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Grizzly bears, black bears, wolves, coyotes, cougars/ mountain lions,bobcats, wolverines, lynx, foxes, fishers and martens are the suite of carnivores that originally inhabited North America after the Pleistocene extinctions. This site invites research, commentary, point/counterpoint on that suite of native animals (predator and prey) that inhabited The Americas circa 1500-at the initial point of European exploration and subsequent colonization. Landscape ecology, journal accounts of explorers and frontiersmen, genetic evaluations of museum animals, peer reviewed 20th and 21st century research on various aspects of our "Wild America" as well as subjective commentary from expert and layman alike. All of the above being revealed and discussed with the underlying goal of one day seeing our Continent rewilded.....Where big enough swaths of open space exist with connective corridors to other large forest, meadow, mountain, valley, prairie, desert and chaparral wildlands.....Thereby enabling all of our historic fauna, including man, to live in a sustainable and healthy environment. - Blogger Rick

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Saturday, April 20, 2013

Over 1 million White Tail Deer inhabit New York State with hunters killing off somewhere between 20 and 24% of the population every Fall....................With New York State having roughly 40,000 square miles of Land(less watercourses and cities), there are approximately 25 deer per square mile----far over the pre colonial 6 to 12 deer per square mile that easily supported Wolves, Pumas, Black Bears, Bob cats and Lynx,,,,,,as well as the Indian tribes that inhabited the whole of the State...................25 Deer per square mile(as many of you know) retards forest regeneration and severely limits optimum plant(and ultimately) animal and bird life in the Empire State---------------Wolves and Pumas are critical components to get back into New York woodlands!!!!!!!!!





Associated Press

ALBANY, N.Y. — New York officials say
 hunters killed about 243,000 deer during
 the 2012-13 hunting seasons, roughly
 6 percent more than a year earlier.
Department of Environmental Conservation Commissioner Joe Martens says the state
 has been taking steps to encourage hunting
 as the deer population continues to grow.
The breakdown
of the past
season's take
 was 124,000
adult females and fawns and 119,000 adult
In the Northern Zone, and estimated 19,400
 bucks and 11,400 antlerless deer were taken, compared to 15,900 and 10,900 respectively
 a year earlier. There were 98,570 bucks and 110,900 antlerless deer taken in the Southern
 Zone, excluding Long Island.

Management Plan
for White-tailed Deer
in New York State
2012-2016-Dept. of Envriornmental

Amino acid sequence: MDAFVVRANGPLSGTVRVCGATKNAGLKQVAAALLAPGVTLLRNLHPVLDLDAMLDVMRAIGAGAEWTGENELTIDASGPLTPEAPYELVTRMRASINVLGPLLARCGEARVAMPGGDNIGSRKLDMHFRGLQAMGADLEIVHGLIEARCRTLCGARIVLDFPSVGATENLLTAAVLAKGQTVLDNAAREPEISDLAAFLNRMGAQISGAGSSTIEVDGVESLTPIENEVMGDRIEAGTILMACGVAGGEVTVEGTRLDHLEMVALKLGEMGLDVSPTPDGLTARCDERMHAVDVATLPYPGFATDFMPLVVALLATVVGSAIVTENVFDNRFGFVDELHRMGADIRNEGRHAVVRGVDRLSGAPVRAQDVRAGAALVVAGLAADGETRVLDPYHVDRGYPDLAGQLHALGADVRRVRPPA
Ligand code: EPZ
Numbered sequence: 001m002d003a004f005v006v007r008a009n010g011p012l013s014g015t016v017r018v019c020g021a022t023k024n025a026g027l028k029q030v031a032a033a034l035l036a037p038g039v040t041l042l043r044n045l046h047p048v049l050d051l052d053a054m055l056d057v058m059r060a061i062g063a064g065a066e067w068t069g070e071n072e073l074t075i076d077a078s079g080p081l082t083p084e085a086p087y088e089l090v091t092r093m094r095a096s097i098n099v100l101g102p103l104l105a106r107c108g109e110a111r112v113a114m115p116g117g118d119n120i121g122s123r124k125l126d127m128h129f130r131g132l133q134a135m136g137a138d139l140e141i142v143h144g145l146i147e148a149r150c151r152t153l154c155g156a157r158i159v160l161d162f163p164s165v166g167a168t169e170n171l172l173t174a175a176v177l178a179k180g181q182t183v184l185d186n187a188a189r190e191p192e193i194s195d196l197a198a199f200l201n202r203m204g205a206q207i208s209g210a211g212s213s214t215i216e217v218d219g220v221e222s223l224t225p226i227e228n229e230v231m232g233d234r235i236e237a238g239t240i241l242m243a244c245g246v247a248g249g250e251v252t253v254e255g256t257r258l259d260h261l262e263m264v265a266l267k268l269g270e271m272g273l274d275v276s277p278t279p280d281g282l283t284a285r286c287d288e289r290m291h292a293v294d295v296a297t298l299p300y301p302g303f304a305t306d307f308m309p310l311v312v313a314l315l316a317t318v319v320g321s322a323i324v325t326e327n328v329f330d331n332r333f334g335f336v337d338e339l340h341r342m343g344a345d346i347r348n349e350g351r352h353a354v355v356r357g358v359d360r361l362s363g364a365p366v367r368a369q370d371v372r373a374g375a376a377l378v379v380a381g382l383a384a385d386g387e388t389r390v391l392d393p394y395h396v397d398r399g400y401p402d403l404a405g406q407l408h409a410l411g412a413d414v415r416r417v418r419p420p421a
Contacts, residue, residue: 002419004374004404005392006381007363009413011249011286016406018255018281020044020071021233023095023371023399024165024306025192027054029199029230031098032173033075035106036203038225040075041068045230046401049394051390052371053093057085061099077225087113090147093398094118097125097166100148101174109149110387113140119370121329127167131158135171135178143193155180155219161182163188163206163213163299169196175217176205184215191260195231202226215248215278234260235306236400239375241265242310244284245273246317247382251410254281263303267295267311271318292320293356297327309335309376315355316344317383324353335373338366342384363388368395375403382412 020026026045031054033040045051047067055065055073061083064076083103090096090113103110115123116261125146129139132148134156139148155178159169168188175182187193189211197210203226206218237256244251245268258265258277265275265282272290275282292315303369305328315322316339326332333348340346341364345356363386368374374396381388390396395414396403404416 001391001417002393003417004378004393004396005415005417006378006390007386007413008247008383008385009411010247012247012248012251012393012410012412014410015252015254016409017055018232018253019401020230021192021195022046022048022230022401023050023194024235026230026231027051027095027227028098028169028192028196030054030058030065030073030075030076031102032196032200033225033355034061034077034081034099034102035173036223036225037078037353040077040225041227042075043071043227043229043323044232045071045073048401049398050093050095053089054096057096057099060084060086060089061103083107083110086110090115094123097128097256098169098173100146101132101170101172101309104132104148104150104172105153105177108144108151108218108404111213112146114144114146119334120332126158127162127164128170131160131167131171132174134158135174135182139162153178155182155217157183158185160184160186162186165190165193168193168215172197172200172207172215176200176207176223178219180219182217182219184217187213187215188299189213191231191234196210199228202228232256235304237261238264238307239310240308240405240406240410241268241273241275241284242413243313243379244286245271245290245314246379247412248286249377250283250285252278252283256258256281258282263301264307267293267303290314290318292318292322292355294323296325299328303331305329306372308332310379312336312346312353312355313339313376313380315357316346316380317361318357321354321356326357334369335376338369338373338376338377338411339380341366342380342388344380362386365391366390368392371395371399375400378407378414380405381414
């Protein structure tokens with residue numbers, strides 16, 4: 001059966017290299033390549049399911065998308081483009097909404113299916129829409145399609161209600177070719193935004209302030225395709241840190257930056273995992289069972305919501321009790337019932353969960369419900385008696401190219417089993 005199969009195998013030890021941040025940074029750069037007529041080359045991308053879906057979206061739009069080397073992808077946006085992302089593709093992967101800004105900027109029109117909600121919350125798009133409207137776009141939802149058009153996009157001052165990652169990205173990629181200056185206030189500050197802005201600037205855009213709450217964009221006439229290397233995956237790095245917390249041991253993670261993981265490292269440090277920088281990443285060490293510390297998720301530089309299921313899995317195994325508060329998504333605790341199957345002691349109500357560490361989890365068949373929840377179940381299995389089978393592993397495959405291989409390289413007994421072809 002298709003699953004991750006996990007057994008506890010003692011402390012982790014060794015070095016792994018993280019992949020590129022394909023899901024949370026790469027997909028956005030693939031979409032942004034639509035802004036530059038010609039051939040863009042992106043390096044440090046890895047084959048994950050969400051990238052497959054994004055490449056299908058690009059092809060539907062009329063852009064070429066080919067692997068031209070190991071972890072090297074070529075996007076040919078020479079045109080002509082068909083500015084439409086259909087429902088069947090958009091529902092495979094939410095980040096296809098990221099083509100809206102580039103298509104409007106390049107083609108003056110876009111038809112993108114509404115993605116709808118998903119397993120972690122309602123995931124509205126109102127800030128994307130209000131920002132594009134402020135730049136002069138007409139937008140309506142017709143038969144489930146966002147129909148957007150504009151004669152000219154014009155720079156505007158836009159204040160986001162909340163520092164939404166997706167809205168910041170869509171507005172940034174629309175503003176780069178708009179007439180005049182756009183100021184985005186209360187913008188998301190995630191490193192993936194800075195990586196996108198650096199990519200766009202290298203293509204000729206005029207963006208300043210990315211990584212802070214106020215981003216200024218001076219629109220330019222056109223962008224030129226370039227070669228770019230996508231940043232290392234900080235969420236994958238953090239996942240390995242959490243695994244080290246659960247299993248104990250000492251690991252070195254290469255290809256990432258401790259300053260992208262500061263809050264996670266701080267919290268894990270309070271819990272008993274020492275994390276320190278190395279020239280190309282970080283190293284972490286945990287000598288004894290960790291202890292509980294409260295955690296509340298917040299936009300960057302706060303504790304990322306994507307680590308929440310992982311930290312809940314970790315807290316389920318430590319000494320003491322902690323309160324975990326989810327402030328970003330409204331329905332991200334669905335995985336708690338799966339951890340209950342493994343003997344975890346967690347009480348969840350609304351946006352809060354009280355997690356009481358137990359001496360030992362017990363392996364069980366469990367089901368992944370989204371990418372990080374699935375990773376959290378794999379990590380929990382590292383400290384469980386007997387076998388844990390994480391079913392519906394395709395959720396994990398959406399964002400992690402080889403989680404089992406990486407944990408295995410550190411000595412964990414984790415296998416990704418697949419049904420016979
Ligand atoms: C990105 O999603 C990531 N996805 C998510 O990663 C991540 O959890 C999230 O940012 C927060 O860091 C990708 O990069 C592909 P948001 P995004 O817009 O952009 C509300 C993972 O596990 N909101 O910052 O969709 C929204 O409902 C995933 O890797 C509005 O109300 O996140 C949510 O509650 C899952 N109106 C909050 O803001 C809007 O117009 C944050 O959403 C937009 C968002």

When European settlers
 arrived in New York,
white-tailed deer were
apparently present
throughout the state but
densities variedgreatly
by region. Relatively high
 densities of deer lived
in open areas maintained
 by Native Americans
primarily through periodic

 However, the majority of New York was covered in mature forest, suitable only for relatively low densities of
deer. Nonetheless, the 9-12 deer
 per square mile supported Puma, Wolf, Black Bear, Bobcat and lynx.  In addition,  throughout the state, deer were an
important source of meat,
 bone and hide for
both Native Americans and

Historically in NY, Wolves feasted on Deer

As forests were cleared for agriculture, habitat conditions
improved for deer, and their
 populations initially
increased. Though periodic laws
were enacted to afford some
protection to deer (the earliest
occurring in 1705), by the mid-1800s,
excessive deer harvest by settlers and
extensive habitat loss to agriculture
caused deer populations to decline

 By the 1880s, less than 25% of New York State was forested, and deer were absent in most of New
York except the central Adirondack
Mountains (Severinghaus and Brown

Following extirpation of deer
most of the state, the Legislature
formed the New York State
Game and Forest Commission
 in 1895, and deer populations
received better protection,
predominantly by closed
and very limited antlerless

Pumas are excellent deer

Deer recolonized
 New York via
migration from remnant
populations in the
Vermont, Massachusetts,
Pennsylvania and a
 small herd
relocated from the
Adirondacks to
the southern Catskills

The deer population
 increased in
distribution and density
the 20th Century,
 re-inhabiting all
areas of the state and
 reaching a population peak, estimated at over 1 million deer, between 2000 and

As deer populations grew
in number and distribution, hunting seasons resumed incrementally until
nearly all of the state
 was open to deer hunting. Abandonment of farms on marginal lands led to more
early successional and young
forest cover and better deer habitat throughout the state. By the 1940s,
locally abundant deer
 populations resulted in increased levels of agricultural damage and overbrowsing
of winter range in some


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